The clutch coupling 220 may further comprise an clutch coupling orifice 224 configured to translatably accommodate the outer circumference of the rod 260. One surface (i.e., the proximal surface or left surface) of the clutch coupling 220 may be configured to abut the switching piston 210 while the interacting coupling surface 226 (i.e., the distal surface or right surface) of the clutch coupling 220 may be configured to abut a clutch nut 230. As shown in
The clutch nut 230 (referring generally to
One surface of the clutch nut 230 may be configured to abut the interacting coupling surface 226 of the clutch coupling 220, the interacting clutch nut surface 236. One or both of the interacting coupling surface 226 and the interacting clutch nut surface 236 may be configured to engage the opposing surface. However, embodiments of the claimed invention may not be limited by the type of engagement selected. In some cases, opposing serrations may be provided, allowing for relative rotation between the clutch coupling 220 and the clutch nut 230 in one rotational direction (e.g., due to a slipping or ratcheting effect), while inhibiting or preventing relative rotation in the opposing rotational direction (e.g., due to engagement of the serrations). Of course, other forms of friction enhancing methods, gears, teeth, protrusions, cavities, and surface configurations, among others, may be used to control the relative rotation and/or direction of relative rotation of the clutch coupling 220 with respect to the clutch nut 230.
The clutch coupling 220 and the clutch nut 230 may be comprised within a clutch housing 240. The clutch housing 240 may be configured to allow the selective engagement of the clutch coupling 220 and the clutch nut 230. As shown in this illustrative embodiment (referring generally to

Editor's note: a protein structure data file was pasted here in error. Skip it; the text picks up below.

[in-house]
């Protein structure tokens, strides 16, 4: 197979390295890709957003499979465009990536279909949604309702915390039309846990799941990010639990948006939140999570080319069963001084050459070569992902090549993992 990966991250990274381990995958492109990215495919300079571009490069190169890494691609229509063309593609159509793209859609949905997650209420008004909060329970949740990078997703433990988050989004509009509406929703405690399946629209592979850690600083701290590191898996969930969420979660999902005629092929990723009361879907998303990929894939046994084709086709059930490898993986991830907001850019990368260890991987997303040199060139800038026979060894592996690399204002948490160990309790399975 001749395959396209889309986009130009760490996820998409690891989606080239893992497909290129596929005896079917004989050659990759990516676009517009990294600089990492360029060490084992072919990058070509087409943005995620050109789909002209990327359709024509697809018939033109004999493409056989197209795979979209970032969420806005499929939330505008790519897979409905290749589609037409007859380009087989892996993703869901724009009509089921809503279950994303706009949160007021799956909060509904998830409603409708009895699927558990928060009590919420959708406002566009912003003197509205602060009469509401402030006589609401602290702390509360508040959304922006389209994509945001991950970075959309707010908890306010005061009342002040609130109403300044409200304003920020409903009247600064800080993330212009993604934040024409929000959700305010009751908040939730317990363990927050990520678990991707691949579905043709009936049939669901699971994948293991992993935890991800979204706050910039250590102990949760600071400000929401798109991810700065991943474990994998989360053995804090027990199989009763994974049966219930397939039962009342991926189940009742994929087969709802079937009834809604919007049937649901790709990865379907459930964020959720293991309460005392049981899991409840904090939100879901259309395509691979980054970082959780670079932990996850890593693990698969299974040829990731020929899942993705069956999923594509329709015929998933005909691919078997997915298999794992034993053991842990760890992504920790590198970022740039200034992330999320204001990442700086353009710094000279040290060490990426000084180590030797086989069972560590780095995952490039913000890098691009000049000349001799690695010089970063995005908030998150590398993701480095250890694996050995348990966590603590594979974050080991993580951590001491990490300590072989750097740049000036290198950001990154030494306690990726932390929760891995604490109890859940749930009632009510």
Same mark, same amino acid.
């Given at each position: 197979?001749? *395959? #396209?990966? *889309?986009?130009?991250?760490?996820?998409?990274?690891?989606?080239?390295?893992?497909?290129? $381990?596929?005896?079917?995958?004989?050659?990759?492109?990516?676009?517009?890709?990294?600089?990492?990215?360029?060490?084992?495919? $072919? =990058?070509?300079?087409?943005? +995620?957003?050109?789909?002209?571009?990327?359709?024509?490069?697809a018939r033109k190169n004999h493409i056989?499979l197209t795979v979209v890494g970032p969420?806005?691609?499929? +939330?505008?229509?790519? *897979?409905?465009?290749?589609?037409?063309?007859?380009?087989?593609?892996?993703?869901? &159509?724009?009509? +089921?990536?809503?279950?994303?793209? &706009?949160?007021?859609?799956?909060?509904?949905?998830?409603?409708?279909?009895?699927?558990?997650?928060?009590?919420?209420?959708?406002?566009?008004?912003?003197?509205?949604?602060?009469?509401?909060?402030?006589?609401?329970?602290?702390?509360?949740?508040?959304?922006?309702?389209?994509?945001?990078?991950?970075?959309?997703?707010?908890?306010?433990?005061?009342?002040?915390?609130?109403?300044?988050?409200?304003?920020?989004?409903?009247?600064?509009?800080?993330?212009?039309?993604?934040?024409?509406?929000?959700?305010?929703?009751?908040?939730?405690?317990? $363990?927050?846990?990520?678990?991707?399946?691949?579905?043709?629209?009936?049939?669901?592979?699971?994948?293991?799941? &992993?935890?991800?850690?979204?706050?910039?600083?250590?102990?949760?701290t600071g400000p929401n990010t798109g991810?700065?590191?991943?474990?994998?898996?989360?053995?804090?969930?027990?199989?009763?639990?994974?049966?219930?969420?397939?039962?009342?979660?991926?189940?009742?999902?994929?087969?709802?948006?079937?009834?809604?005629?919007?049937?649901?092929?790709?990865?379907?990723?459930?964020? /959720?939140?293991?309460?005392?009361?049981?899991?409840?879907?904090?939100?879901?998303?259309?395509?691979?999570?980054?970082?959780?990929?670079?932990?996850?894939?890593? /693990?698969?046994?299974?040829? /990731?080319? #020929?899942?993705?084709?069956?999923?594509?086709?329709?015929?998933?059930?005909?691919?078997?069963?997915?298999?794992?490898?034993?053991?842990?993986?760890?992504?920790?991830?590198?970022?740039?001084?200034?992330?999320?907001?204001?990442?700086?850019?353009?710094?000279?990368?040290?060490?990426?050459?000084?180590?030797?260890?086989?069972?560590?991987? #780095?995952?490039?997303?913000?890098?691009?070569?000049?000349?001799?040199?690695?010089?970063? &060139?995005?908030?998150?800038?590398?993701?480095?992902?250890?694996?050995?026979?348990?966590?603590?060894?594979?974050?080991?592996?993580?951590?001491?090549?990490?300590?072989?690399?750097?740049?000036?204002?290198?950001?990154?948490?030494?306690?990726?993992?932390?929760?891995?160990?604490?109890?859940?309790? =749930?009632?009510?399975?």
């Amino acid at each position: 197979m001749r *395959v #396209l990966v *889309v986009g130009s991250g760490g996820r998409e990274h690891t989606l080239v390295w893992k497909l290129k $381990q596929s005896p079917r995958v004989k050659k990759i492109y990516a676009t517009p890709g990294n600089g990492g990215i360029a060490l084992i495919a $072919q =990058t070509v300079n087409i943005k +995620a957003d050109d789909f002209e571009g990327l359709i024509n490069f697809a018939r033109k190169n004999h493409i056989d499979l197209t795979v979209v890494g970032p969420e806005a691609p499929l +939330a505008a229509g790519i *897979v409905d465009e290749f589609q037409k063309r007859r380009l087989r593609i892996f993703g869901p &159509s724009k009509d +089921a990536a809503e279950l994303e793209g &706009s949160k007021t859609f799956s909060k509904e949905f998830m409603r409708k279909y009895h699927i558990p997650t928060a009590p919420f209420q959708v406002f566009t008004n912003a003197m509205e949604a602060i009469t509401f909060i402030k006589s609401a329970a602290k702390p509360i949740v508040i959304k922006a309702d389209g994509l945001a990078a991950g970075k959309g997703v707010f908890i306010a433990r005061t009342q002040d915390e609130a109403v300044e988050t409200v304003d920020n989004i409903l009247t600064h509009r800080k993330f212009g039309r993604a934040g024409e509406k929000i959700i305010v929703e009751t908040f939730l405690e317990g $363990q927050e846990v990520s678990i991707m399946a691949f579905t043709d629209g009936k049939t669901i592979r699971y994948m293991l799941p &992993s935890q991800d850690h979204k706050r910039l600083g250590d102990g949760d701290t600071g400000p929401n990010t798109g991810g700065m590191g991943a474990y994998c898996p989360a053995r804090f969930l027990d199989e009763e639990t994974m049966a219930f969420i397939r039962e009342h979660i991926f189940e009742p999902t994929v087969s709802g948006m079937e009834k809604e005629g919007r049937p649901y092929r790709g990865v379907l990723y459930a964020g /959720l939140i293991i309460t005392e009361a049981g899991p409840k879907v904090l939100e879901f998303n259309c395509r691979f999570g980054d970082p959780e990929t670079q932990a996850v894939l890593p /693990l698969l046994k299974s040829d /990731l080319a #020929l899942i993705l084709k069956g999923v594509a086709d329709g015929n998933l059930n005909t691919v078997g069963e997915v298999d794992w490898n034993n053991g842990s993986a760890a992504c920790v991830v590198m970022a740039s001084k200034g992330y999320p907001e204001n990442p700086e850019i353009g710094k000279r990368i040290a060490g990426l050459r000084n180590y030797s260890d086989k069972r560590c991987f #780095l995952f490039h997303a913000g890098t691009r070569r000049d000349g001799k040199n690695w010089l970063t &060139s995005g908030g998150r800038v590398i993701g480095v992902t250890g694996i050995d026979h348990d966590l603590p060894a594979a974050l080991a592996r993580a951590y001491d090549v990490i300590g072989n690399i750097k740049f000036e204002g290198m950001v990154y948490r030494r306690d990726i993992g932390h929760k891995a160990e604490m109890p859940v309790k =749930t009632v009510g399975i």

The clutch housing 240 may substantially retain the clutch coupling 220 and the clutch nut in relative axial alignment, while allowing for independent rotation of each component and in some cases, slight translation of one component relative to another. The clutch housing 240 may be configured to allow the interacting coupling surface 226 to engage and disengage from the interacting clutch nut surface 236. In some cases, a resilient device may be incorporated to bias the interacting surfaces 226, 236 to a disengaged state. For example, a mechanical wave spring may be placed in corresponding grooves provided on the interacting surfaces 226, 236 to provide a level of separation between the interacting surfaces 226, 236 (not shown).
Some embodiments of the switching assembly 50 may comprise a rod 260. The rod 260 may be contained within the interior of the housing 200 and configured to rotate relative to the housing 200. Further, the rod 260 may be relatively translatably fixed in position with regard to the housing 200. As shown in
The rod 260 may comprise cut rod grooves 262 or other engagement mechanisms configure to control the interaction between the rod 260 and the clutch nut 230. In this case, the helically cut rod grooves 262 are configured to allow translation of the clutch nut protrusions 232. As the clutch nut 230 progresses along the length of the rod 260, the helical nature of the rod grooves 262 may produce relative rotation between the clutch nut 230 and the rod 260. Of course, embodiments of the claimed invention may not be limited to this example. Other various methods of providing valve actuation may be within the scope of the claimed invention, such as a rack and pinion assembly, among others.
The switch assembly 50 may also comprise a resilient device 250, such as a spring, to bias the switching piston 210, clutch coupling 220, clutch nut 230, and clutch housing 240 in a direction towards the switching line 40. In the exemplary embodiment shown, the resilient device 250 may press against a flange located on the proximal side of the clutch coupling 220.
Turning now to